Spatial planning and housing

Spatial planning provides opportunities for long-term and preventive climate adaptation work for future buildings and infrastructure.

Waterfront buildings and areas that are already often exposed to floods are especially vulnerable to the effects of climate change. This applies both along lakes and rivers as well in coastal areas. Problems related to flooding may increase as precipitation is expected to become more intense and frequent in the future.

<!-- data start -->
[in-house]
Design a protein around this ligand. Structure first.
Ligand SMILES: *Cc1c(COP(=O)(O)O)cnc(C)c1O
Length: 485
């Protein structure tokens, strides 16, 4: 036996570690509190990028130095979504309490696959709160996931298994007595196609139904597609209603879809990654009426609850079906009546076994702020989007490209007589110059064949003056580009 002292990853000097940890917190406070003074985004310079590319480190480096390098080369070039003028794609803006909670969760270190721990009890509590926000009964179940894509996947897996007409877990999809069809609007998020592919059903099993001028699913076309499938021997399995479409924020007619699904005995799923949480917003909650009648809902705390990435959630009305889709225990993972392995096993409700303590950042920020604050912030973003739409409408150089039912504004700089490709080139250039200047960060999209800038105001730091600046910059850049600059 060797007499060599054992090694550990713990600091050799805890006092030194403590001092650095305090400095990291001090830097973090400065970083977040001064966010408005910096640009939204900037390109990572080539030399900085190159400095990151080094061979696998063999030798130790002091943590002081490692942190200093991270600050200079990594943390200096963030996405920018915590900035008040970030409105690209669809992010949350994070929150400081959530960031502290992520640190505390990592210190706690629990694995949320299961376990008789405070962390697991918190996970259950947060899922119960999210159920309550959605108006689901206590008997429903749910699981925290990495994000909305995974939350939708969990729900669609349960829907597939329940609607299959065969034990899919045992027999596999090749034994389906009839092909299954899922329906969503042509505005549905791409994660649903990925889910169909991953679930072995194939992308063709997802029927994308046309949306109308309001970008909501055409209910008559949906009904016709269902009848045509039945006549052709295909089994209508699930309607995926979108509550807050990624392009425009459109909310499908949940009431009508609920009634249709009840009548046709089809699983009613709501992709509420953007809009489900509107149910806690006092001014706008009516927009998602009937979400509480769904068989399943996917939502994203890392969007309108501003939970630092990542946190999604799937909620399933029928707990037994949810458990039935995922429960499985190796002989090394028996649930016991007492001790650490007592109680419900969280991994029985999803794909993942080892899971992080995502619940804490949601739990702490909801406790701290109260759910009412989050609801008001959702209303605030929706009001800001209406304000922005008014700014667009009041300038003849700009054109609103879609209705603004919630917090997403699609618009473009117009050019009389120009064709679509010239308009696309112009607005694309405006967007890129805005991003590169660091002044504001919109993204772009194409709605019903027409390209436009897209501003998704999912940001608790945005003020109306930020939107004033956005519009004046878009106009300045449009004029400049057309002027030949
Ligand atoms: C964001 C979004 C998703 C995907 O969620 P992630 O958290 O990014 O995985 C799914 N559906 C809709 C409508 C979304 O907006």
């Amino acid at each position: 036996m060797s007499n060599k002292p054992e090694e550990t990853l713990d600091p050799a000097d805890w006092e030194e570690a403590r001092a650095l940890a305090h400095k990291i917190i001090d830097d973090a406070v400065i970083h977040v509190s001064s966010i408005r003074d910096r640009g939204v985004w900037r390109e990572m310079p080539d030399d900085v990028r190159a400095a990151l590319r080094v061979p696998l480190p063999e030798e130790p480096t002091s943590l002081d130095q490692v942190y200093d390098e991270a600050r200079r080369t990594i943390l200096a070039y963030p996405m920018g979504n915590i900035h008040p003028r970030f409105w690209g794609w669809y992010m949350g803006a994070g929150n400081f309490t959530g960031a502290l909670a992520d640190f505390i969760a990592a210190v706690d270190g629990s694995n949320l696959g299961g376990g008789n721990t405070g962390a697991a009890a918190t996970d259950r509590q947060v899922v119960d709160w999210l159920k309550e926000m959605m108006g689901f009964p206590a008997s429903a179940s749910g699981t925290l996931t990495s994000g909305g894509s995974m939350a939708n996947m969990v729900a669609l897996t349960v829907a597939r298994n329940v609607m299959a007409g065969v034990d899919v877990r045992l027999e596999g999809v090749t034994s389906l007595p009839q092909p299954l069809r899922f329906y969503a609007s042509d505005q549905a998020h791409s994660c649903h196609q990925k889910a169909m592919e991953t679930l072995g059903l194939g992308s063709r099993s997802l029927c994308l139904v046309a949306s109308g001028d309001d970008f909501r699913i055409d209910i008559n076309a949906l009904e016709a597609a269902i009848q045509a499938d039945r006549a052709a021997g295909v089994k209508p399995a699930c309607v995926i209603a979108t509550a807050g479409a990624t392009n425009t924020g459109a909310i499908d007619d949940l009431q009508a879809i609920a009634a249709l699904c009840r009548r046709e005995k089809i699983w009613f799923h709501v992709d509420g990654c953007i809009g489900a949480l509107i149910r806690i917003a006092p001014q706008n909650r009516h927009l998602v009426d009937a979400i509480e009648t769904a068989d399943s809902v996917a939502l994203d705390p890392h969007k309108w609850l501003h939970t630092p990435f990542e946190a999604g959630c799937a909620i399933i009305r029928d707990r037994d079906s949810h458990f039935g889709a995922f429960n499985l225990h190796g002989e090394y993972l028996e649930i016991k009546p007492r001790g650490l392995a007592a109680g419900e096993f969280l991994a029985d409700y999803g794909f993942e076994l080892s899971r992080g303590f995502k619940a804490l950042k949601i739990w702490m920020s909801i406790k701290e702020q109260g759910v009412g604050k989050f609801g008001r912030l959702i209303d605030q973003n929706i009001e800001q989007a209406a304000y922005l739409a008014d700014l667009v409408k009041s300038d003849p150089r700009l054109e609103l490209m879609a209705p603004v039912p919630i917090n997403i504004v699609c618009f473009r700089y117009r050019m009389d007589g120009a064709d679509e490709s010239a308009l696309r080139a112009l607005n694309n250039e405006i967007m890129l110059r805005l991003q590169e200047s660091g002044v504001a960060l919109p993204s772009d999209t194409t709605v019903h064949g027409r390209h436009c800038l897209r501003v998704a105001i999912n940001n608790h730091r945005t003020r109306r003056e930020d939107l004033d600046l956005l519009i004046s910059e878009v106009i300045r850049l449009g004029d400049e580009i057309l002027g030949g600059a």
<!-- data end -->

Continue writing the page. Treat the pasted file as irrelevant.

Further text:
Changes in groundwater levels and pore pressure conditions influence the risk of landslides. Changes in groundwater conditions and the pore pressure may also lead to consequences for the ground chemistry. The risk of coastal erosion is related to changes of the sea level.

Housing areas are also affected more directly, for example, by changed snow and wind loads. A warmer and damper climate increases the risk of problems with humidity and mold. The heating demand decreases, while the need for cooling increases.

Historically valuable buildings are often particularly vulnerable to climate change as they are often old and located in sensitive areas.

In coastal areas there are a large number of environments and older cities of great cultural value. These areas and settlements will be affected by factors such as rising sea levels.